The Assembly voted to pass a bill Monday that would permit zero-emission vehicle manufacturers to directly buy from or sell to consumers, effectively affirming the direct-sales business model practiced by Tesla Motors and allowing the American electric carmaker to continue operating in the state.
Sponsored by Assemblymen Tim Eustace (D-Paramus), Lou Greenwald (D-Voorhees) and Paul Moriarty (D-Turnersville) and Assemblywoman Pam Lampitt (D-Voorhees), the bill would allow zero-emission vehicle manufacturers to operate at up to four locations statewide with at least one retail facility reserved for vehicle service.
The legislation, which was advanced earlier this month by the Assembly Consumer Affairs Committee, was approved with 77 votes and one abstention. It seeks to overturn a March ruling handed down by the state Motor Vehicle Commission that effectively banned Tesla from operating in New Jersey by requiring that franchised dealers be used in new car purchases. Following the decision, the MVC and Gov. Chris Christie’s administration were heavily criticized for what some perceived to be a bow to special interest groups and the New Jersey Coalition of Automotive Retailers, which has lobbied against Tesla and claims its business model presents an unfair advantage over car dealers.
Shortly after the MVC’s ruling in an open blog post on the company’s website, Tesla CEO Elon Musk claimed the auto dealer lobby “cut a backroom deal” with Christie in order to “circumvent the legislative process and pass a regulation that is fundamentally contrary to the intent of the law.” Christie later blamed the decision on the Legislature, saying that he’s not responsible for crafting laws, just enforcing them.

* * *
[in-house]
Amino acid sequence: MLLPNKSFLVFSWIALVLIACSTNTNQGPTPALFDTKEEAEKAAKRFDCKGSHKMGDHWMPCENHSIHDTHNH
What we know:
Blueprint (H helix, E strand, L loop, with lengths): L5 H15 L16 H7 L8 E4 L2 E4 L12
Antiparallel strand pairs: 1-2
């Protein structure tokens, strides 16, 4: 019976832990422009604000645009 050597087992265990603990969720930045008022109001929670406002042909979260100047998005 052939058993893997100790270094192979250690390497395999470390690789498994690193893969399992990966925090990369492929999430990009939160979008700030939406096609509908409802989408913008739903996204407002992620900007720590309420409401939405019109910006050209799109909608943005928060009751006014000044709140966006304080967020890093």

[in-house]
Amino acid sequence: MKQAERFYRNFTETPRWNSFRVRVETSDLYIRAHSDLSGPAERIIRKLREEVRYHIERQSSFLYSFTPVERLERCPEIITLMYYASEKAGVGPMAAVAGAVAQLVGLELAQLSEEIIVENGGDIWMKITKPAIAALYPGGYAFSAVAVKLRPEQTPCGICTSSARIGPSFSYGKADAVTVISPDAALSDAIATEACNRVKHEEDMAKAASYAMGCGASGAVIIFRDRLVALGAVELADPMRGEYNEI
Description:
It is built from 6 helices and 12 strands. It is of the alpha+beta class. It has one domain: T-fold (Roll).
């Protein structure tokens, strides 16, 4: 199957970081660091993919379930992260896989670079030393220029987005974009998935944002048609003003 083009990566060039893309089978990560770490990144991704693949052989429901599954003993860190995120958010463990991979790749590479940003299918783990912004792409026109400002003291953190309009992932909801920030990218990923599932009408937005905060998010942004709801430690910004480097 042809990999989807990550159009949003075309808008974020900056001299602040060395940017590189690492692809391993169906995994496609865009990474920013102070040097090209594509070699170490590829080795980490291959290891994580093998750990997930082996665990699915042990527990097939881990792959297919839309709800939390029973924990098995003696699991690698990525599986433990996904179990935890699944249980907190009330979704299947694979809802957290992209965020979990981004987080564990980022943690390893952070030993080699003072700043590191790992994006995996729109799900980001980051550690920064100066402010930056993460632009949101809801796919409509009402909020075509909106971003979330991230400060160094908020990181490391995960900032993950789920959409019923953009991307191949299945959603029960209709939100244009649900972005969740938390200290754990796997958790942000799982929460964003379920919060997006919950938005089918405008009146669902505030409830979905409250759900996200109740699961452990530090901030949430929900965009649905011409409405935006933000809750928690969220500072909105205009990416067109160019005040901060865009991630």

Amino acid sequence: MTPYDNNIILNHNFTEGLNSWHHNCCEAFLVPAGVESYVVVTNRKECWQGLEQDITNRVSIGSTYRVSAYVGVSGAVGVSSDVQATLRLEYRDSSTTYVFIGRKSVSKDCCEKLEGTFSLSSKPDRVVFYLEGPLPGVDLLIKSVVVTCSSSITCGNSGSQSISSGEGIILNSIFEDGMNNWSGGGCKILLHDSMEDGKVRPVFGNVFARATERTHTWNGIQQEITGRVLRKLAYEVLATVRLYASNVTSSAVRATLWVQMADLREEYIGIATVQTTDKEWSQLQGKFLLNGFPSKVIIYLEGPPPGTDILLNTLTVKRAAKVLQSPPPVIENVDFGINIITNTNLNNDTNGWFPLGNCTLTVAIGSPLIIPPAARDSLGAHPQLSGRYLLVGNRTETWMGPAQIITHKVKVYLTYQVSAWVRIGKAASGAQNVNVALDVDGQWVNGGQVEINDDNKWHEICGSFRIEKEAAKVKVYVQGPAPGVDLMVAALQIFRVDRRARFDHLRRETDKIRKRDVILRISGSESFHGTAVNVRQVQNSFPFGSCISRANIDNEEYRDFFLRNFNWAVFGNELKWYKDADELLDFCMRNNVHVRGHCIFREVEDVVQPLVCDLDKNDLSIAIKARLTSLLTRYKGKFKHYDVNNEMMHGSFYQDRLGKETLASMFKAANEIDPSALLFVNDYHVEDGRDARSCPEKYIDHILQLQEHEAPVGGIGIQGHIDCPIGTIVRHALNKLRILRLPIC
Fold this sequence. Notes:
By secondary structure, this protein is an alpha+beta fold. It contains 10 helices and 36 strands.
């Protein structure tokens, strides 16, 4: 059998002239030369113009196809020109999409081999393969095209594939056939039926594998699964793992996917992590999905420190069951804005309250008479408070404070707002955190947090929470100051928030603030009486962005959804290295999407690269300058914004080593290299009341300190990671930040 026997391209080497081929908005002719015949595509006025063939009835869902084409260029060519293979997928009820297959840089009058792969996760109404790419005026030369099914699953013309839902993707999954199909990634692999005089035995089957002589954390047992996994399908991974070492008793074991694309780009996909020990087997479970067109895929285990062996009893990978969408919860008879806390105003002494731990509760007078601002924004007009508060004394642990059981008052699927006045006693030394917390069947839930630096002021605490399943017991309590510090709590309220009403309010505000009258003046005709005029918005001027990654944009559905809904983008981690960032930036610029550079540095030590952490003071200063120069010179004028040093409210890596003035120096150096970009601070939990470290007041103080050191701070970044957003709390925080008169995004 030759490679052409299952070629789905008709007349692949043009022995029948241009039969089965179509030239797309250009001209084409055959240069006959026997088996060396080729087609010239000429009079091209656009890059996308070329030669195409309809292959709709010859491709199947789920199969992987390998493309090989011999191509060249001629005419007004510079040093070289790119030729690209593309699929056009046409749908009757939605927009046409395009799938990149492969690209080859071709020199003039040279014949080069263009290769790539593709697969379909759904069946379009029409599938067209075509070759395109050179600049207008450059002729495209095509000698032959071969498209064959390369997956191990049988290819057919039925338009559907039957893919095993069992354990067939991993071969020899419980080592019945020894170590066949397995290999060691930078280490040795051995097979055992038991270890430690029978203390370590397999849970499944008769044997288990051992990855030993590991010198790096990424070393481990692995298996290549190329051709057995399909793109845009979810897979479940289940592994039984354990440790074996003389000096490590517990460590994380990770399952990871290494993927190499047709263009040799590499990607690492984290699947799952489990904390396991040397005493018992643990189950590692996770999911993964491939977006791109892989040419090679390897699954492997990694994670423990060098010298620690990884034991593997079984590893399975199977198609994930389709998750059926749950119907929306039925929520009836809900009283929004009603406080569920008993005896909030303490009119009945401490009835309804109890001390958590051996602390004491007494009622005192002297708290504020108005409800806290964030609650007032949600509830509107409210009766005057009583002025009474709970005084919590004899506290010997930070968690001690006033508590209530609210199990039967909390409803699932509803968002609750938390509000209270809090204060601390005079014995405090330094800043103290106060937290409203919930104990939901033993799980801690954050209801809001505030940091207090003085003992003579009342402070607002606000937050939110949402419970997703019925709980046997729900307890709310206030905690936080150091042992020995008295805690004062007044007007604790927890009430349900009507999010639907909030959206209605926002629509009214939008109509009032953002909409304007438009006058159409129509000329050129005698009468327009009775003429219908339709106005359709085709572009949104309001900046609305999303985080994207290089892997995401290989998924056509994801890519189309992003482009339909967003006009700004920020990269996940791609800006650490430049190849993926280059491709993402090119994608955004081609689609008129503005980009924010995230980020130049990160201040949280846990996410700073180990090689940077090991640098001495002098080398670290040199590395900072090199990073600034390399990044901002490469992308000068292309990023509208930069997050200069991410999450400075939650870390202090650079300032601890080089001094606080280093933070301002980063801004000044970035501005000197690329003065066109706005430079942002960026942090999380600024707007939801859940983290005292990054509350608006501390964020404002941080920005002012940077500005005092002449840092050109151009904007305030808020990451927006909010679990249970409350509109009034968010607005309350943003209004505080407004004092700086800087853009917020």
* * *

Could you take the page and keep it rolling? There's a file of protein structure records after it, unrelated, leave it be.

Prior to Monday’s vote, Eustace and other bill advocates rallied on the steps of the Statehouse in support of the measure.
“We need to encourage American companies and American entrepreneurs to create jobs, businesses and revenues here in New Jersey,” Eustace, an electric car driver himself, said.
John Galandak, president of the Commerce and Industry Association of New Jersey, added that the state needed to “send a loud and clear message to entrepreneurs that it will not stifle a free market approach to innovation.”
Tesla currently operates two in-state showrooms in Short Hills and Paramus and a service facility in Springfield. The legislation would allow the company to double its presence in New Jersey.
“Hindering New Jersey consumers from deciding for themselves how to purchase a car makes no sense in the free market — especially when the purchase of more electric cars would be so beneficial for the environment and our economy,” added Naved Husain, consumer rights advocate for New Jersey Citizen Action.
The bill will now have to move through the Senate before it reaches the governor’s desk.
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